More info (and Ubuntu installation instructions):
- for Oracle Java 8: http://www.webupd8.org/2012/09/install-oracle-java-8-in-ubuntu-via-ppa.html

Debian installation instructions:
- Oracle Java 8: http://www.webupd8.org/2014/03/how-to-install-oracle-java-8-in-debian.html

For Oracle Java 10, see a different PPA: https://www.linuxuprising.com/2018/04/install-oracle-java-10-in-ubuntu-or.html

More info: https://launchpad.net/~webupd8team/+archive/ubuntu/java
Press [ENTER] to continue or Ctrl-c to cancel adding it.

Press ENTER to continue. Then update your package list:

sudo apt update

Once the package list updates, install Java 8:

sudo apt install oracle-java8-installer

Your system will download the JDK from Oracle and ask you to accept the license agreement. Accept the agreement and the JDK will install.

Now let’s look at how to select which version of Java you want to use.

Managing Java

You can have multiple Java installations on one server. You can configure which version is the default for use on the command line by using the update-alternatives command.

sudo update-alternatives --config java

This is what the output would look like if you’ve installed all versions of Java in this tutorial:

OutputThere are 3 choices for the alternative java (providing /usr/bin/java).

  Selection    Path                                            Priority   Status
------------------------------------------------------------
* 0            /usr/lib/jvm/java-11-openjdk-amd64/bin/java      1101      auto mode
  1            /usr/lib/jvm/java-11-openjdk-amd64/bin/java      1101      manual mode
  2            /usr/lib/jvm/java-8-openjdk-amd64/jre/bin/java   1081      manual mode
  3            /usr/lib/jvm/java-8-oracle/jre/bin/java          1081      manual mode

Choose the number associated with the Java version to use it as the default, or press ENTER to leave the current settings in place.

You can do this for other Java commands, such as the compiler (javac):

sudo update-alternatives --config javac

Other commands for which this command can be run include, but are not limited to: keytool, javadoc and jarsigner.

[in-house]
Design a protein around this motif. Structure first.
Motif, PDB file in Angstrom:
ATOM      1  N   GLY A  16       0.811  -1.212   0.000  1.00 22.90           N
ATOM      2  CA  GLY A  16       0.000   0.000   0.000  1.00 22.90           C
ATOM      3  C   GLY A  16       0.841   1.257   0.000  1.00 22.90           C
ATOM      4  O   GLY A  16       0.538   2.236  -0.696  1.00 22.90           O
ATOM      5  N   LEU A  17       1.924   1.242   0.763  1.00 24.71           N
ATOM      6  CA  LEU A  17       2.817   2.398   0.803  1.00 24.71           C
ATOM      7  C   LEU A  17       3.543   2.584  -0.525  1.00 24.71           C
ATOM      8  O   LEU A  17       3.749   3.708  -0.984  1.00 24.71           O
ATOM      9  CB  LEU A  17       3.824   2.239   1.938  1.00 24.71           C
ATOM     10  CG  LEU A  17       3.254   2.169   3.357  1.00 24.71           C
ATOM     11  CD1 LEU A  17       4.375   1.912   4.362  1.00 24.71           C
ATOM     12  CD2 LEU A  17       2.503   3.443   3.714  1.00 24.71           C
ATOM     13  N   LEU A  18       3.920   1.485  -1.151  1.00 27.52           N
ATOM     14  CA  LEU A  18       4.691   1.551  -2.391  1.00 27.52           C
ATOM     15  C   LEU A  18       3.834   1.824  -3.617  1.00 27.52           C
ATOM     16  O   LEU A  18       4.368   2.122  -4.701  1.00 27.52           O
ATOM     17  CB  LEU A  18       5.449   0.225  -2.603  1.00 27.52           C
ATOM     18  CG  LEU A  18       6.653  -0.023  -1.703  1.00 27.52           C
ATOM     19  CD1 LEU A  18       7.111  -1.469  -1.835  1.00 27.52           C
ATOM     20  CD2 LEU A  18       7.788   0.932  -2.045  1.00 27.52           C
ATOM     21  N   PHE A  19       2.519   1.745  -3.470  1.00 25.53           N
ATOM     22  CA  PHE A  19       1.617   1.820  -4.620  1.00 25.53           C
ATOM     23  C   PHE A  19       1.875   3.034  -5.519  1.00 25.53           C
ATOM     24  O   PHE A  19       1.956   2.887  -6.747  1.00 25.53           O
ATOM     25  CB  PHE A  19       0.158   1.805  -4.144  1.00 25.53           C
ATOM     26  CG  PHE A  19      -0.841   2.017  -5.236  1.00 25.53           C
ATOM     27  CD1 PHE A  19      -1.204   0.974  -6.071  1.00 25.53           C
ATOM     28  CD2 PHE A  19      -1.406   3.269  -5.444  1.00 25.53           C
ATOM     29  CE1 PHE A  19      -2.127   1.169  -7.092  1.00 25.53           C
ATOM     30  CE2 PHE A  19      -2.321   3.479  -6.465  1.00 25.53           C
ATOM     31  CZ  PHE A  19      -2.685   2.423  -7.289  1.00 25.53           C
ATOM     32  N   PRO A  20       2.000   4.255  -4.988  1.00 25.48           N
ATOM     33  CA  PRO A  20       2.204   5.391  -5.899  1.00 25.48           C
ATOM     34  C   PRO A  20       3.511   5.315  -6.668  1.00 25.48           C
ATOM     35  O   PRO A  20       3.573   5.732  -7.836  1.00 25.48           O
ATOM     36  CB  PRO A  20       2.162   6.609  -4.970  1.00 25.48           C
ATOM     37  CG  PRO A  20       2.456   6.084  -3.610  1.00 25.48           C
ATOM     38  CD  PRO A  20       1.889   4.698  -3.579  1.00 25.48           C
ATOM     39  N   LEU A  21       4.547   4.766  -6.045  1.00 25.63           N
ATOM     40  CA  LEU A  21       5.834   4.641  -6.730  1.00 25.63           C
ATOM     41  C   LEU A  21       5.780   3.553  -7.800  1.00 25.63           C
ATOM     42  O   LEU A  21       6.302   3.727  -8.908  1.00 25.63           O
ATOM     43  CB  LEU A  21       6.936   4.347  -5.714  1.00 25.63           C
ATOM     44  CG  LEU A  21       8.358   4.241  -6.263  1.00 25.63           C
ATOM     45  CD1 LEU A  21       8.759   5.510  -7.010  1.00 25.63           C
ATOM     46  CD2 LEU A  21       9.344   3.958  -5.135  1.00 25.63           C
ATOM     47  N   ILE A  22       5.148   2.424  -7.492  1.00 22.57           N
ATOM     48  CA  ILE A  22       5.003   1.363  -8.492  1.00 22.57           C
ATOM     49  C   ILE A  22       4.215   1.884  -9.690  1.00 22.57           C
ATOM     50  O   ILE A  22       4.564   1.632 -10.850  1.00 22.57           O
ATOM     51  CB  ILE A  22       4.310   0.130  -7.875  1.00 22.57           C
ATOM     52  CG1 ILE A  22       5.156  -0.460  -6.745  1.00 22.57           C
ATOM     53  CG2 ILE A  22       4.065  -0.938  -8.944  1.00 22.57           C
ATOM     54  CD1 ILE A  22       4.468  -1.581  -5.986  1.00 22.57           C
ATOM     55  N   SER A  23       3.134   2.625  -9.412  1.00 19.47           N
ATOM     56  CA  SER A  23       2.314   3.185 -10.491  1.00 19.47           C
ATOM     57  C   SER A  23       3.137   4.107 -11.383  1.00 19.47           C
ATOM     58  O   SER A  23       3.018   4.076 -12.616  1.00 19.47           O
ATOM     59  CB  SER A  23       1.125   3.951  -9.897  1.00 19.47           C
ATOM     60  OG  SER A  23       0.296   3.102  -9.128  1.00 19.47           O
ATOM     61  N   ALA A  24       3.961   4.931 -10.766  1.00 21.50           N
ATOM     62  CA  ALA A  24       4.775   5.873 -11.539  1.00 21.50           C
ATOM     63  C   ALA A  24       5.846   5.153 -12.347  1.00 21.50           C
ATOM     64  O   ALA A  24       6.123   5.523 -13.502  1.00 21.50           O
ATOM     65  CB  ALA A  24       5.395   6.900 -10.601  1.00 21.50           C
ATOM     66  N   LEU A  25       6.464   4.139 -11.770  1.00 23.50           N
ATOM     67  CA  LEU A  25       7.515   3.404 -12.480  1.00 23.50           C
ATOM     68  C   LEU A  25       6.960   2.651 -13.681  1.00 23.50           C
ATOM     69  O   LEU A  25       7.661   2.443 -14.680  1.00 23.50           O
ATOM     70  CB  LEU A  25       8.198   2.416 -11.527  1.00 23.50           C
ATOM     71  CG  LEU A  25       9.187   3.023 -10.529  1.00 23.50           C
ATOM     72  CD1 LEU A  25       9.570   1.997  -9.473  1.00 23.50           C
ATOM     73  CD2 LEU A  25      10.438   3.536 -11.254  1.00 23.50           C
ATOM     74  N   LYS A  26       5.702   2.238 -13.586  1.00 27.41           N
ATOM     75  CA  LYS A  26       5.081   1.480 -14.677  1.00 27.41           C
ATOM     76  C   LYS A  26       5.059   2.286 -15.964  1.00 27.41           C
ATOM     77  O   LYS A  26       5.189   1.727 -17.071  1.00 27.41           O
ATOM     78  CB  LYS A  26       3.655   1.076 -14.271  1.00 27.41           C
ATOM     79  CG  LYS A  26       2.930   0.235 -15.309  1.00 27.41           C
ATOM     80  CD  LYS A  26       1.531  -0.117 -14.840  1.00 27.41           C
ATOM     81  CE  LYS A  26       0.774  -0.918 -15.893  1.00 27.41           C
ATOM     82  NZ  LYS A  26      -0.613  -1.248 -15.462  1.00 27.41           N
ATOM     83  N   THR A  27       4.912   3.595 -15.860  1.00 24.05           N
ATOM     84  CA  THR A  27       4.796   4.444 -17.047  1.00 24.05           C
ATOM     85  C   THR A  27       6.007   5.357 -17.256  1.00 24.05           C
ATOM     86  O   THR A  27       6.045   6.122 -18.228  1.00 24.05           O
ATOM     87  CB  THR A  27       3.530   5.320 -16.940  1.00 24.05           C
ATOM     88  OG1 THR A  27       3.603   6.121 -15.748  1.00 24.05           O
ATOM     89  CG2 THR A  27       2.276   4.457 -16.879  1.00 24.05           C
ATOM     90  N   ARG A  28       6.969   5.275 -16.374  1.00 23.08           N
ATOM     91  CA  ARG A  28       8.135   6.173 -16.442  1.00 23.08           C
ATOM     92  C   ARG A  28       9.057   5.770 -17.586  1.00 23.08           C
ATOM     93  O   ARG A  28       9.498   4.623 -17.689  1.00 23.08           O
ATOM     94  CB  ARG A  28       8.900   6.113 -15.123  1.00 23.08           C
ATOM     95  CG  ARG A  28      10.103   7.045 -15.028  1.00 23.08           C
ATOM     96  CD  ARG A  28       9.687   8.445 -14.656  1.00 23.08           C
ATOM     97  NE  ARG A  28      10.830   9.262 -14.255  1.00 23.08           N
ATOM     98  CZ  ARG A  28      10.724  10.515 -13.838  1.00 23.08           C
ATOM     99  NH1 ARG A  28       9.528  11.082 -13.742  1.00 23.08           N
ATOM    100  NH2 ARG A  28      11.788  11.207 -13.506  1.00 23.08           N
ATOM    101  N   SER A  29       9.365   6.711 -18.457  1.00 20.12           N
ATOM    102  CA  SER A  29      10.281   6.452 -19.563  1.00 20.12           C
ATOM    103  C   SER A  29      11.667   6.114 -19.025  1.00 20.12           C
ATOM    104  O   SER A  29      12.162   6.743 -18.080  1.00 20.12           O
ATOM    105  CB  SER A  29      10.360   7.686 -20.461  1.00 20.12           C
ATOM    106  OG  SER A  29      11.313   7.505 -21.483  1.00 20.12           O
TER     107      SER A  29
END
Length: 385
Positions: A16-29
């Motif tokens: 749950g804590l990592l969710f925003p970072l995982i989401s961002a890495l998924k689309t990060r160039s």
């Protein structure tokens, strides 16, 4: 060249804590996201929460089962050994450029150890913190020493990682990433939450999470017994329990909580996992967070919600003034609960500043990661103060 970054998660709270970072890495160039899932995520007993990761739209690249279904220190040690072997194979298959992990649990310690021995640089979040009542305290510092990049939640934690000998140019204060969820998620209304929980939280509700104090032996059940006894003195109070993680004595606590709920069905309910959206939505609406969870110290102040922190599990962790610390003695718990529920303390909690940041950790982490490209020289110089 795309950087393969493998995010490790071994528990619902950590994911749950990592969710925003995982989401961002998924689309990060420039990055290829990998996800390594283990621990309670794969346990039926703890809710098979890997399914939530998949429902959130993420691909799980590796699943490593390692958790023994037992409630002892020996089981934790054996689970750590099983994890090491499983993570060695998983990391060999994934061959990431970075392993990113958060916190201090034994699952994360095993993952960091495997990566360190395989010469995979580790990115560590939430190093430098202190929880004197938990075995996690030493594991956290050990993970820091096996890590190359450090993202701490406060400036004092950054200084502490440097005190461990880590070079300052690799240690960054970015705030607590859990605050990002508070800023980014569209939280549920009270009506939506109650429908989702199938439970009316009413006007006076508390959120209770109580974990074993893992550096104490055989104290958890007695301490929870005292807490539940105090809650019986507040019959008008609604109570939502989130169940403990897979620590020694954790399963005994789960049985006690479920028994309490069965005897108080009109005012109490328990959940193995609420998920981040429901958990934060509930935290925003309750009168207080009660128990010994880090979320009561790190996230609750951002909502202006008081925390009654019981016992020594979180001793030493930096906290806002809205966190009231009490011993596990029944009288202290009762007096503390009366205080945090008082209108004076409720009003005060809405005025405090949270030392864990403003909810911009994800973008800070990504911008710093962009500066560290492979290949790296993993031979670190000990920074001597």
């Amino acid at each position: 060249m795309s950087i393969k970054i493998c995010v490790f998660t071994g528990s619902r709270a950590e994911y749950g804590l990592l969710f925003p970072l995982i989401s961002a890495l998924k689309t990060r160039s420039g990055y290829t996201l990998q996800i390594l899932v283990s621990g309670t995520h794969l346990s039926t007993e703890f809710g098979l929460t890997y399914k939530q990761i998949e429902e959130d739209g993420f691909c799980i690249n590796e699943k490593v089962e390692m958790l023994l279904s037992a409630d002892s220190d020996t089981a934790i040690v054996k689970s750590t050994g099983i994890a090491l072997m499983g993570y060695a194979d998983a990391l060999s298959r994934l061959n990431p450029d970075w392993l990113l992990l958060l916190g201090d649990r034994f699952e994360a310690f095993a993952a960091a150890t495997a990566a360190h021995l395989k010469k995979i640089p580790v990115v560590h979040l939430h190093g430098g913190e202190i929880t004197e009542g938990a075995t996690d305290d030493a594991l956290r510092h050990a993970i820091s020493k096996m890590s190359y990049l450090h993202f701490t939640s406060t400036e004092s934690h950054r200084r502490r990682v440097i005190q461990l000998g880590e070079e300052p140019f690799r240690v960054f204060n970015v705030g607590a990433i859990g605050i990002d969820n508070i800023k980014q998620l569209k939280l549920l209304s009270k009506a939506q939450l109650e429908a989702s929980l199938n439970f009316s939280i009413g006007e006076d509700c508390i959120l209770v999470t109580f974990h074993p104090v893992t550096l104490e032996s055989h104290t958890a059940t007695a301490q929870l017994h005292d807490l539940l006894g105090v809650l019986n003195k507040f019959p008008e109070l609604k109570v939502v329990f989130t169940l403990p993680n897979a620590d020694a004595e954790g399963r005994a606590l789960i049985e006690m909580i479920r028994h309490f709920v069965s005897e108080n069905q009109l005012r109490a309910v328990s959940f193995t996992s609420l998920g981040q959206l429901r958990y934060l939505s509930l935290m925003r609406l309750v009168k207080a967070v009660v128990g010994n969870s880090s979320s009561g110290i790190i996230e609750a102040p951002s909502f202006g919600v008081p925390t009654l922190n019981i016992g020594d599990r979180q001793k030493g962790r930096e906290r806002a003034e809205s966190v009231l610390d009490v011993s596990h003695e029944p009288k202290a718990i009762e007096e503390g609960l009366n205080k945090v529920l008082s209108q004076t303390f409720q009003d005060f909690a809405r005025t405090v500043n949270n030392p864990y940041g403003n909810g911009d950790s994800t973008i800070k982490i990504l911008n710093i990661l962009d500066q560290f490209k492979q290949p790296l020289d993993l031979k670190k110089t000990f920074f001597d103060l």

Setting the JAVA_HOME Environment Variable

Many programs written using Java use the JAVA_HOME environment variable to determine the Java installation location.

To set this environment variable, first determine where Java is installed. Use the update-alternatives command:

sudo update-alternatives --config java

This command shows each installation of Java along with its installation path:

OutputThere are 3 choices for the alternative java (providing /usr/bin/java).

  Selection    Path                                            Priority   Status
------------------------------------------------------------
* 0            /usr/lib/jvm/java-11-openjdk-amd64/bin/java      1101      auto mode
  1            /usr/lib/jvm/java-11-openjdk-amd64/bin/java      1101      manual mode
  2            /usr/lib/jvm/java-8-openjdk-amd64/jre/bin/java   1081      manual mode
  3            /usr/lib/jvm/java-8-oracle/jre/bin/java          1081      manual mode

Press <enter> to keep the current choice[*], or type selection number:

In this case the installation paths are as follows:

  1. OpenJDK 11 is located at /usr/lib/jvm/java-11-openjdk-amd64/bin/java.
  2. OpenJDK 8 is located at /usr/lib/jvm/java-8-openjdk-amd64/jre/bin/java.
  3. Oracle Java 8 is located at /usr/lib/jvm/java-8-oracle/jre/bin/java.

Copy the path from your preferred installation. Then open /etc/environment using nano or your favorite text editor:

sudo nano /etc/environment

At the end of this file, add the following line, making sure to replace the highlighted path with your own copied path:

JAVA_HOME="/usr/lib/jvm/java-11-openjdk-amd64/bin/"

Modifying this file will set the JAVA_HOME path for all users on your system.

Save the file and exit the editor.

Now reload this file to apply the changes to your current session:

source /etc/environment

Verify that the environment variable is set:

echo $JAVA_HOME

You’ll see the path you just set:

Output/usr/lib/jvm/java-11-openjdk-amd64/bin/

Other users will need to execute the command source /etc/environment or log out and log back in to apply this setting.

Conclusion

In this tutorial you installed multiple versions of Java and learned how to manage them. You can now install software which runs on Java, such as Tomcat, Jetty, Glassfish, Cassandra or Jenkins.

Originally published by Koen Vlaswinkel at https://www.digitalocean.com